Vesper Piezoelectric MEMS Microphone with 68 dB SNR

-June 11, 2015

Usually, when an architecture has reached its limits of performance, some radical new game-changing idea needs to be implemented. A company known as Vesper has been promising just that since I first met CEO Matt Crowley at the MEMS Executive Congress in 2014. Now this projected $5.4B projected market in 2017 has a new player that is shaking up the very high-performance segment of high Signal-to-Noise (SNR) with numbers in the range of 64 dB. Vesper has radically shifted the technology architecture which uses a unique piezoelectric design that will eclipse capacitive architectures.

This product is featured in EDN's Hot 100 products of 2015. See all 100 here.

Vesper’s recent launch of the VM101, a piezoelectric MEMS (microelectromechanical systems) microphone has achieved 68 dB typical signal-to-noise ratio (SNR) -- the highest acoustic-performance benchmark of any commercially available MEMS microphone in the industry.

This is the first ultra-high SNR MEMS microphone and its unique architecture solves major performance issues facing consumer products manufacturers. This new design, first developed by founders at the University of Michigan in 2009, enhances the quality and clarity of audio capture to improve the voice user interface in smartphones, wearables, smart home appliances and Internet of Things (IoT) devices. I was told that this type of architecture was conceived back in 2006 when a cochlear implant model was built with it.

The MEMS industry executive team joined with these founders and launched Vesper in 2014.

Matt Crowley told me at the MEMS Executive Congress last year his prediction:

Voice is expected to supplant touch as the dominant user interface in consumer products. This makes higher-performance MEMS microphones increasingly critical because they are right at the beginning of the audio signal chain. 

So not only is this the highest SNR device in the market, but it is also the only MEMS microphone that is waterproof, shockproof and dust- and particle-resistant – greatly helping to solve reliability issues with existing products.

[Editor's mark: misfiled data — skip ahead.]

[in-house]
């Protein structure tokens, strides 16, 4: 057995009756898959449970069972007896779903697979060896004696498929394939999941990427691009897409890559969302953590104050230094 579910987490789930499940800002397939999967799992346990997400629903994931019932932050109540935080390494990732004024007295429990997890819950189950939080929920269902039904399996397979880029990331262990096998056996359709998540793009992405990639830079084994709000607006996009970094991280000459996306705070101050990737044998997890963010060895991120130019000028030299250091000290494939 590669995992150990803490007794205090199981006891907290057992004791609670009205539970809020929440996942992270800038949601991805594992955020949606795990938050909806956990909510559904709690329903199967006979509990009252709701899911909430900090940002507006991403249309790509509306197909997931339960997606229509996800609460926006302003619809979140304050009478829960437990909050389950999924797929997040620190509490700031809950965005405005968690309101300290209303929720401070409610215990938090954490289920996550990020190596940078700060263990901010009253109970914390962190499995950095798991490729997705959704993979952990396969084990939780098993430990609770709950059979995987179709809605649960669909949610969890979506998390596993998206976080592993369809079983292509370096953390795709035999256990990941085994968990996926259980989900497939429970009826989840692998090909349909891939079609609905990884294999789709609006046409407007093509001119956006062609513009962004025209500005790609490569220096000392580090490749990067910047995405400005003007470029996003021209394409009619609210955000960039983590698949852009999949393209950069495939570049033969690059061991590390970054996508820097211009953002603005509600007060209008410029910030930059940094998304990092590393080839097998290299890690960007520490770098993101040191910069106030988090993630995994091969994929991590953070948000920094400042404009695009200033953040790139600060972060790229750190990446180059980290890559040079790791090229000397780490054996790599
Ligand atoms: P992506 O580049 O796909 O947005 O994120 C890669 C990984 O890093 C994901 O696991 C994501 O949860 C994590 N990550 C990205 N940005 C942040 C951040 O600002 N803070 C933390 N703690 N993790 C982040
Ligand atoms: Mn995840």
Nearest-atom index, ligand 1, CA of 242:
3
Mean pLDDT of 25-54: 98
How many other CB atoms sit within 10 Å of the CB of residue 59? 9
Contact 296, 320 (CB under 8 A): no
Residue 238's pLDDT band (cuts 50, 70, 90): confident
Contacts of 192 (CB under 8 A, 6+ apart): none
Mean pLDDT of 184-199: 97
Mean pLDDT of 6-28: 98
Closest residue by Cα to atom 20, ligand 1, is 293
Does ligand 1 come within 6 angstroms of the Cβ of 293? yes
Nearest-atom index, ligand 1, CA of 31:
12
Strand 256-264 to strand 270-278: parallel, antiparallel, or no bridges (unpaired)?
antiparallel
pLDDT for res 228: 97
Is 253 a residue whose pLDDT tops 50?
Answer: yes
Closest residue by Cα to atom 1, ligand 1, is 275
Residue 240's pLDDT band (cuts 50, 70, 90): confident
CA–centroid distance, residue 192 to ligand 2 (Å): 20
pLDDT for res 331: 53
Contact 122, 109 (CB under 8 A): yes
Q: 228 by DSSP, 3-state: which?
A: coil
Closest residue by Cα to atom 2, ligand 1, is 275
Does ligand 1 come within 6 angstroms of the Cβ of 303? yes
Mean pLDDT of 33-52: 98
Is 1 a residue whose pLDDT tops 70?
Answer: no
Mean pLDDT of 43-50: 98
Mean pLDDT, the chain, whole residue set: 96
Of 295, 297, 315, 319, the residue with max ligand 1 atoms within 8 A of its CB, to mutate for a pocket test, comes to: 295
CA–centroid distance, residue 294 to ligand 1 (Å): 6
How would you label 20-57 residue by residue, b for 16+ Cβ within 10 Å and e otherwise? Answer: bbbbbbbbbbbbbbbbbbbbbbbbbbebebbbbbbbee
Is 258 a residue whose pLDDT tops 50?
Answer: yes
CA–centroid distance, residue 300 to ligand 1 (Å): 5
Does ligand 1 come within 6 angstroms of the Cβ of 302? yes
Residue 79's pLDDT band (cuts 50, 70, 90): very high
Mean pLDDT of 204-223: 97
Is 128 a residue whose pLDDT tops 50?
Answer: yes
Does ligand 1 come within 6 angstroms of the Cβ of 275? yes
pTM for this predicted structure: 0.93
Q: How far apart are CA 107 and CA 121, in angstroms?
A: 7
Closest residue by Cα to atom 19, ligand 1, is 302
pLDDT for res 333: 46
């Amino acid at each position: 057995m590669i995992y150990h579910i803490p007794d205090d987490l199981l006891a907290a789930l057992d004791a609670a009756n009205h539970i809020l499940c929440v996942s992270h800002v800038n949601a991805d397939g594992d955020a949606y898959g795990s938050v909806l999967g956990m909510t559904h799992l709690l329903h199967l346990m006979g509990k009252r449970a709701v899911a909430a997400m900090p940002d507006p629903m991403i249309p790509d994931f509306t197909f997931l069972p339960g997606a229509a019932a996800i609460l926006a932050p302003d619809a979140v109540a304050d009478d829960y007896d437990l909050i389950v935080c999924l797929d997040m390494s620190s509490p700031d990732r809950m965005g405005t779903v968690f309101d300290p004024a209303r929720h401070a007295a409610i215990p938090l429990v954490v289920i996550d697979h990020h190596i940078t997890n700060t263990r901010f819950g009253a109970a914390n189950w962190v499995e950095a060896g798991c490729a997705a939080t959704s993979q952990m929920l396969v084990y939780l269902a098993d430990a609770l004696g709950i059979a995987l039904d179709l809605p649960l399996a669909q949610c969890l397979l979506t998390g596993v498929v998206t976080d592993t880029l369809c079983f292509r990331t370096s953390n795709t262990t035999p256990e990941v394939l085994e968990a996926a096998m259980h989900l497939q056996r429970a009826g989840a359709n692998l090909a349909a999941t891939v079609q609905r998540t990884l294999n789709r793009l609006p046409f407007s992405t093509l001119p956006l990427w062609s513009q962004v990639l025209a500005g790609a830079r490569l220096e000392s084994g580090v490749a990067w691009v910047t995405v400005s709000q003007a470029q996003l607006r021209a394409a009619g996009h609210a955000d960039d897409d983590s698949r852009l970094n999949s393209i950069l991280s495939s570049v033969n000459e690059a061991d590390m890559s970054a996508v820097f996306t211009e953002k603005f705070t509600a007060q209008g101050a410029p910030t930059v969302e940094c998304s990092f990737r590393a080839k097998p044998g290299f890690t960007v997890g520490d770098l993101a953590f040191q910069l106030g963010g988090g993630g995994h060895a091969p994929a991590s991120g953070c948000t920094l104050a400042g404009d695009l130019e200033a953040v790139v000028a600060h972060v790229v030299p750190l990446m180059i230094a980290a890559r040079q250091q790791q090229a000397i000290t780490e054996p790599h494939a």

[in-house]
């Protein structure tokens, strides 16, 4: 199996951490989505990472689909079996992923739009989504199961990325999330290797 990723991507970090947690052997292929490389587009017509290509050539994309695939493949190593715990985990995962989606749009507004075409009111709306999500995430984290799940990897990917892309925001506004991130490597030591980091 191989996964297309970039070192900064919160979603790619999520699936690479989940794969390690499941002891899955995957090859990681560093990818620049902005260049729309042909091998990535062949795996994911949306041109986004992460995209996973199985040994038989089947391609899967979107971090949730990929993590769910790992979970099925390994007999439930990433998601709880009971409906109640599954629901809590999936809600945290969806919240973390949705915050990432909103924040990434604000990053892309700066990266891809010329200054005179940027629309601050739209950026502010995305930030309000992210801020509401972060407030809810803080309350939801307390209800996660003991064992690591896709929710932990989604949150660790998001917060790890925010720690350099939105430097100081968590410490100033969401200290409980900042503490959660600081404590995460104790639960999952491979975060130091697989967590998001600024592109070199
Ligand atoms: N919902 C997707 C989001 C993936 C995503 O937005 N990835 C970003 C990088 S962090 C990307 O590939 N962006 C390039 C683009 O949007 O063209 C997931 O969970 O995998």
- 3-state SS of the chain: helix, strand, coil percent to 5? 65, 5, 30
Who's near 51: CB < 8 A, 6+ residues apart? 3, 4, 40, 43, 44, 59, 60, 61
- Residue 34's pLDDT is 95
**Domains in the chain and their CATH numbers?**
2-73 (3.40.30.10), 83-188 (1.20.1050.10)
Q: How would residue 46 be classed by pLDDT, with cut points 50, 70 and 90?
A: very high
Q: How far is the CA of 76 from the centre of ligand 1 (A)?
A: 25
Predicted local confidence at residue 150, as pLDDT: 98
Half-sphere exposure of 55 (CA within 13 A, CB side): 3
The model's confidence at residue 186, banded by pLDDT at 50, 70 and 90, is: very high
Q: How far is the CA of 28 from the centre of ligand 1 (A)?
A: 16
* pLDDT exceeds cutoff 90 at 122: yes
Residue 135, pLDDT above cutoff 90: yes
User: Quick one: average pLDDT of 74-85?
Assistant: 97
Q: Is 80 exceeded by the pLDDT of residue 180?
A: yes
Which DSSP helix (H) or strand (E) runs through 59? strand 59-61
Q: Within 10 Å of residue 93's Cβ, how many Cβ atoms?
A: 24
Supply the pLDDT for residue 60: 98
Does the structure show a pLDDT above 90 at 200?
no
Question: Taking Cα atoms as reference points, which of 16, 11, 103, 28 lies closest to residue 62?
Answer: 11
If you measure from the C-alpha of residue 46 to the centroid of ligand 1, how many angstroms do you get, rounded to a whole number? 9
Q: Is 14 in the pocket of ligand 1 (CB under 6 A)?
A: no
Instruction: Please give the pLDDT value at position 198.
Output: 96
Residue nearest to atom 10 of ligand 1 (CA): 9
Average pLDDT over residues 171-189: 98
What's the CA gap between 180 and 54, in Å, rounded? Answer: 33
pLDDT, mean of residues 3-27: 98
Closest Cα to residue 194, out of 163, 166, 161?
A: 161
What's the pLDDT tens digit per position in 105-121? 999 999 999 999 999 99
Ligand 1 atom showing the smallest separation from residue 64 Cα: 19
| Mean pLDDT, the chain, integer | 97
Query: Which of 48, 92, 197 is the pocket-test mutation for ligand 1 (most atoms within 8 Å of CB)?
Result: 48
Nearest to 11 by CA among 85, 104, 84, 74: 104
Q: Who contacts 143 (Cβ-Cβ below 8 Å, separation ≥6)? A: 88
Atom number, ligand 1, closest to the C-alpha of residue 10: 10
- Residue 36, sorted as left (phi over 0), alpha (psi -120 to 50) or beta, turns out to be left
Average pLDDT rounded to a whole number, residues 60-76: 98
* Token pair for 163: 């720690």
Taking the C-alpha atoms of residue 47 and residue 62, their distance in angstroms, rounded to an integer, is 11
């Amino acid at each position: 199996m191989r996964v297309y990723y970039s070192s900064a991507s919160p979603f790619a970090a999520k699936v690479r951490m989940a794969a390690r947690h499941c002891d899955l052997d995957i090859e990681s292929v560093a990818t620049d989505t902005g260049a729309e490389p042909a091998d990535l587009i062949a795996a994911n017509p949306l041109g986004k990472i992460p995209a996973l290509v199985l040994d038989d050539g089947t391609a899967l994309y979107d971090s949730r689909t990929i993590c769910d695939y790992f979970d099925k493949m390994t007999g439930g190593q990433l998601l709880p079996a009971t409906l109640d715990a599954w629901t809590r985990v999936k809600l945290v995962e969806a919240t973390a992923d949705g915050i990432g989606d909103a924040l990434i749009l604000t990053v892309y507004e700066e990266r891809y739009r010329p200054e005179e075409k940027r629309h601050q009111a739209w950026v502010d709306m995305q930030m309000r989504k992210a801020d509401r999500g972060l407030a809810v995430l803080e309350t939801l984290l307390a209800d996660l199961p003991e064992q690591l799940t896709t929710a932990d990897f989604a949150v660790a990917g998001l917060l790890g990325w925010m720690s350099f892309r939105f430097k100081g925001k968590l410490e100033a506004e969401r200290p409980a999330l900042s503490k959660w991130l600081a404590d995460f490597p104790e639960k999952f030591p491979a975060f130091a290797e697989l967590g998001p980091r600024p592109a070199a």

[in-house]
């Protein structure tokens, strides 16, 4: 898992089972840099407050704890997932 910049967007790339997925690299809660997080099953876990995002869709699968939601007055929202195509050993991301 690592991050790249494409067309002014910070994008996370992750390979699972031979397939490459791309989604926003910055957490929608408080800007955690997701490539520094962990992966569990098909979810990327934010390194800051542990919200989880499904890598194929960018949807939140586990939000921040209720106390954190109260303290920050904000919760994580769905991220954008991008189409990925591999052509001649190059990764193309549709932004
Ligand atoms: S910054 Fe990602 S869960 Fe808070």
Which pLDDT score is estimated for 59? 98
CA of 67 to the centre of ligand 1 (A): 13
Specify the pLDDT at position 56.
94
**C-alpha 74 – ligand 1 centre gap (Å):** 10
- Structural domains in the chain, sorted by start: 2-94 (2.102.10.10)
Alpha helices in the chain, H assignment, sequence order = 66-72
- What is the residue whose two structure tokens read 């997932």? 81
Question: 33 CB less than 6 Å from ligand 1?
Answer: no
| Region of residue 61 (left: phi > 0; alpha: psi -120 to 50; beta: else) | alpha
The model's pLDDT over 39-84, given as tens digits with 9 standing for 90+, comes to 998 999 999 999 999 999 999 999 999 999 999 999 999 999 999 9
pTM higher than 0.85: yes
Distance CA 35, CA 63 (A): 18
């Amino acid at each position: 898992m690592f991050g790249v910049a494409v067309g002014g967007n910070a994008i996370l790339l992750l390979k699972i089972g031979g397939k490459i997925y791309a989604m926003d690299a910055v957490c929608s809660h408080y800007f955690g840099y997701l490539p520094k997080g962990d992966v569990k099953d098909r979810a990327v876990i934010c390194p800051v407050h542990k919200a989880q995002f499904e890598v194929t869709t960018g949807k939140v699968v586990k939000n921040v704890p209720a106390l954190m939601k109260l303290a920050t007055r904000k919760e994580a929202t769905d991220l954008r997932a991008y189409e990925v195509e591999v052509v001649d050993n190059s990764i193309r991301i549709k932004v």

Here are some test results:

A metal mesh used in a capacitive  microphone to block dust and water can easily clog up especially with surfactants (soaps) or salt water, sweat or winding up in the laundry.

Water

 In port-side up orientation, the VM101 passed the most difficult water test for microphones. Some companies only test this port-side down.

 

 

The VM101 was pressurized to a 5 meter depth for 30 minutes. Its unique design eliminates water failures.

There is no measurable shift in performance pre- and post-water exposure for the VM101.  


Dust

An industrial test adaption was done which had an average particle size of 6 microns. Dust was sprayed for 10 seconds.

Capacitive microphones are sensitive to dust accumulation:

 

A magnified view shows how dust sits on the capacitive microphone sensor.

 

 

This graph shows capacitive microphone performance before and after dust contamination.

The VM101 has proved to be impervious to dust by its very architecture:

 

There is dust on the VM101 structure, but the architecture is not affected nor is the sensitivity.

 


This graph shows VM101 microphone performance before and after dust contamination--virtually no effect on sensitivity.

       

Crowley added: